Thoughts on Scaling a Business

I’m not sure why, but for whatever reason, I have been in a lot of conversations about ‘scaling’ lately. 

Scaling, in the business context, is generally another word for growth. In a purist’s eyes, scaling is a specific form of growth where the revenues grow faster than the expenses required to support the growth by leveraging the existing platforms or infrastructure.

For any independent sales contractor, learning the fundamentals of scaling a business is critical.


Because if you want to create a business that has value beyond your direct involvement, scaling is required.

Our Experience with Scaling

Someone asked if I could put some thoughts about scaling on (digital) paper –– and below is the result. 

These thoughts are more of a curated ‘stream of consciousness’ lessons about growth, and not a step-by-step instruction booklet. Anyone who tries to tell you that scaling/growth is a series of repeatable steps hasn’t scaled anything. Each situation and individual is unique and thus, you need to view the thoughts below more as principles, and not IKEA-like instructions.

Finally, know that growing any organization is a series of trials (and errors), reboots, sleepless nights, stressful days, and/or ‘back to the drawing board’ moments where doubt and frustration are far more prevalent than vacations and awards. So, if you decide that aggressive growth is for you, just beware that the journey is not one with a map and final destination.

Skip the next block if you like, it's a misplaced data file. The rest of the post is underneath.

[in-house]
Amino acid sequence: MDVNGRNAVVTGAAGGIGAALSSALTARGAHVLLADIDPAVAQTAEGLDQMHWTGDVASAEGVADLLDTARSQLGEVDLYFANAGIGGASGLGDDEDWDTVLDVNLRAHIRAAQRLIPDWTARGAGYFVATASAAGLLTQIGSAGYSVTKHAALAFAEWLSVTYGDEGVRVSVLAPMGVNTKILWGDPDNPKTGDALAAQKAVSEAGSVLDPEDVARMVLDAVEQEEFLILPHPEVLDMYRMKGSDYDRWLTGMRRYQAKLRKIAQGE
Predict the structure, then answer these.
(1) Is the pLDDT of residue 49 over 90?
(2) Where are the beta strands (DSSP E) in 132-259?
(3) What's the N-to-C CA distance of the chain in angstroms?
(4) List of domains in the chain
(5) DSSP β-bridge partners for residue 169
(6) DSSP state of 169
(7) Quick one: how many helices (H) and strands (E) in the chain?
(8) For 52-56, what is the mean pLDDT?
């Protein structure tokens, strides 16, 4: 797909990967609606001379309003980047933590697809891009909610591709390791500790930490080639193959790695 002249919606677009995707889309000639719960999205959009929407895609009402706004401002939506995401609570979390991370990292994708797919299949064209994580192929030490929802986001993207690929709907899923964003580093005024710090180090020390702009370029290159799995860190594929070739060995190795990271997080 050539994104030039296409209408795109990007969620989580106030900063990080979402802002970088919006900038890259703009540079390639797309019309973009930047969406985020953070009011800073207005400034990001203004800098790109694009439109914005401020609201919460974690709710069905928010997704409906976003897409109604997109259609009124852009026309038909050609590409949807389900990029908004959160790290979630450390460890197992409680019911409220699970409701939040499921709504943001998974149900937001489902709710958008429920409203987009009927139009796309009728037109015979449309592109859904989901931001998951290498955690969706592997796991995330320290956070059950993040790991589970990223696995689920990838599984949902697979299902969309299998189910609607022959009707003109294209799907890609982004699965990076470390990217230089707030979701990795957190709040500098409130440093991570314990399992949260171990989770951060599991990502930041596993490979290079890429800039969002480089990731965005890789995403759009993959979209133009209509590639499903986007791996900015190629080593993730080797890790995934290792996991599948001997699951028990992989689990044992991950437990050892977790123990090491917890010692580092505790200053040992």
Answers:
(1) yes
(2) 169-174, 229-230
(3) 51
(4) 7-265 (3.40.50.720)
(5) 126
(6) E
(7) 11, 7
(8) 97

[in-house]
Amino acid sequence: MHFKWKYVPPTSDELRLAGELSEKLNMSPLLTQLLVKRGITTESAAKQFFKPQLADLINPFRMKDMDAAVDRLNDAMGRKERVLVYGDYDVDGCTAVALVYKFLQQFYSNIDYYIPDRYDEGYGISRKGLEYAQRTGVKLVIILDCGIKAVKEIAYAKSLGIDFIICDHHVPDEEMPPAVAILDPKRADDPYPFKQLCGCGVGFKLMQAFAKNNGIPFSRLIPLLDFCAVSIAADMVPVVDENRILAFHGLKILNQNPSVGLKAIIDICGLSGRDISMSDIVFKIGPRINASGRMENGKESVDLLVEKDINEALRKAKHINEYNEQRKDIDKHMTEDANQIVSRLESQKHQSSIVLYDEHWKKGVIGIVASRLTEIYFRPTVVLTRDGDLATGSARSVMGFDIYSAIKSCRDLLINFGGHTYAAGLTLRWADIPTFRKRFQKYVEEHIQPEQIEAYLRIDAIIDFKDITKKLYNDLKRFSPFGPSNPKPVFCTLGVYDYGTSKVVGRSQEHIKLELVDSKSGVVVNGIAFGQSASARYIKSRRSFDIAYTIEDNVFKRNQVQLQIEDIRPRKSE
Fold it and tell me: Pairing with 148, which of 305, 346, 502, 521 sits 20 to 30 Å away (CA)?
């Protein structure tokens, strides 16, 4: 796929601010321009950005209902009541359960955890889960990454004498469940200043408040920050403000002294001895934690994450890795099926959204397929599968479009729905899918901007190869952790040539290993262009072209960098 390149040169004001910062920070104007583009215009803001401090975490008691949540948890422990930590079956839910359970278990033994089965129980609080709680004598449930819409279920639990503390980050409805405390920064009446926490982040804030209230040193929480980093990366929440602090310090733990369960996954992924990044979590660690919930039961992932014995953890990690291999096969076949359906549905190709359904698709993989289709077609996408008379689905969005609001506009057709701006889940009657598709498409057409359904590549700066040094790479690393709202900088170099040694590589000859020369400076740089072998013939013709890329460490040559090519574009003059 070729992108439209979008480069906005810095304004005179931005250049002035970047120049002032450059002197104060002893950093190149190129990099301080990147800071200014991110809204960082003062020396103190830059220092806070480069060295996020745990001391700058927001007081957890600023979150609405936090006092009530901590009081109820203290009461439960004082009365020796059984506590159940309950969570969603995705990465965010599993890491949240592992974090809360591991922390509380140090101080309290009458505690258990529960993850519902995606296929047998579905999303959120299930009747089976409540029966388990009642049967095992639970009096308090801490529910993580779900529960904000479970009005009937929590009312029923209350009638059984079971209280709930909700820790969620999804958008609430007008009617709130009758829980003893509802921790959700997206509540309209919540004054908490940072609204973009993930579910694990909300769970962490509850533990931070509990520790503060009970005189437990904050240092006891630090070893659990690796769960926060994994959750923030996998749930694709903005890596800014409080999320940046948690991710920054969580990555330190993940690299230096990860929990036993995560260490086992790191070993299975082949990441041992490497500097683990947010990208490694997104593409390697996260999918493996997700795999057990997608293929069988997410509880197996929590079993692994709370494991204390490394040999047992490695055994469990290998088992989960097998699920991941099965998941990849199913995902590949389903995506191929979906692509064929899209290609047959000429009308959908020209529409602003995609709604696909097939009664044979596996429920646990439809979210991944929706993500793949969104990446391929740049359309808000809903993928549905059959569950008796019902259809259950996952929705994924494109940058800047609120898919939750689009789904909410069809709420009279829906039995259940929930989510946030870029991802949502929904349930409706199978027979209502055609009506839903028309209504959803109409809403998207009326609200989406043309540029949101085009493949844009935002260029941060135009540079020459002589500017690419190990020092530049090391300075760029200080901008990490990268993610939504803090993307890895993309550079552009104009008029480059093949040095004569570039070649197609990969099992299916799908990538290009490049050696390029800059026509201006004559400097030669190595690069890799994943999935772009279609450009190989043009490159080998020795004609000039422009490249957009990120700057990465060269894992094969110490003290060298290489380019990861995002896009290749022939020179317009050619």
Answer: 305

Building a Team

Scaling for an individual agent means building a team, building a lead generation system to feed the team members, and creating the administrative capacity to handle the increased volume.

You cannot scale a business at the top without the foundation built at the bottom.

“Gary Keller’s Million Dollar Real Estate Agent (MREA) is a great read for anyone who wants to learn the fundamentals of a real estate team.

Bear in mind that scaling the admin side first means creating expense without the revenues to cover the additional expenses.

Redundancy matters. Scaling anything as thinly as possible will eventually break. Build things in a robust way.

Lead Generation and Message

You have to get lead generation systemized –– which is both the easy and the hard part.

Broadcasting a message to a large audience is easy because the web has democratized the tools of delivery, making them cheap to buy and fairly easy to use.

Chris Anderson’s classic ‘The Long Tail’ is a fabulous treatise on the leverage offered by the web and how to broadcast a powerful message while defending your turf against the well-funded web behemoths.

But broadcasting a good message is quite tricky because a message that scales AND resonates is not easy to create. The broader the message, the less it will appeal to your target specifically.

You must develop a message that can penetrate through all of the other messages broadcasted by competition who have far larger budgets and better tools. In other words, there is no guarantee it will work as well as you expect.

It is difficult to create customized marketing at scale.

A ‘Cult of Personality’ message does not scale well –– and it won’t both attract AND RETAIN the type of talent you seek.

A geographic message does not scale well, either.

The Art of Niche

Scale within a niche.

A niche must have the following 3 elements in order to be a legit niche –– Definable. Reachable. Profitable. –– and two out of three is not a niche.

The best niches live at the intersections of your skills and your passion.

A niche being definable, reachable, and profitable is one the most enduring lessons I ever took from my favorite marketing professor in college.

You cannot ‘fake’ niche –– the audience can tell. You have to know your stuff in order to defend your niche.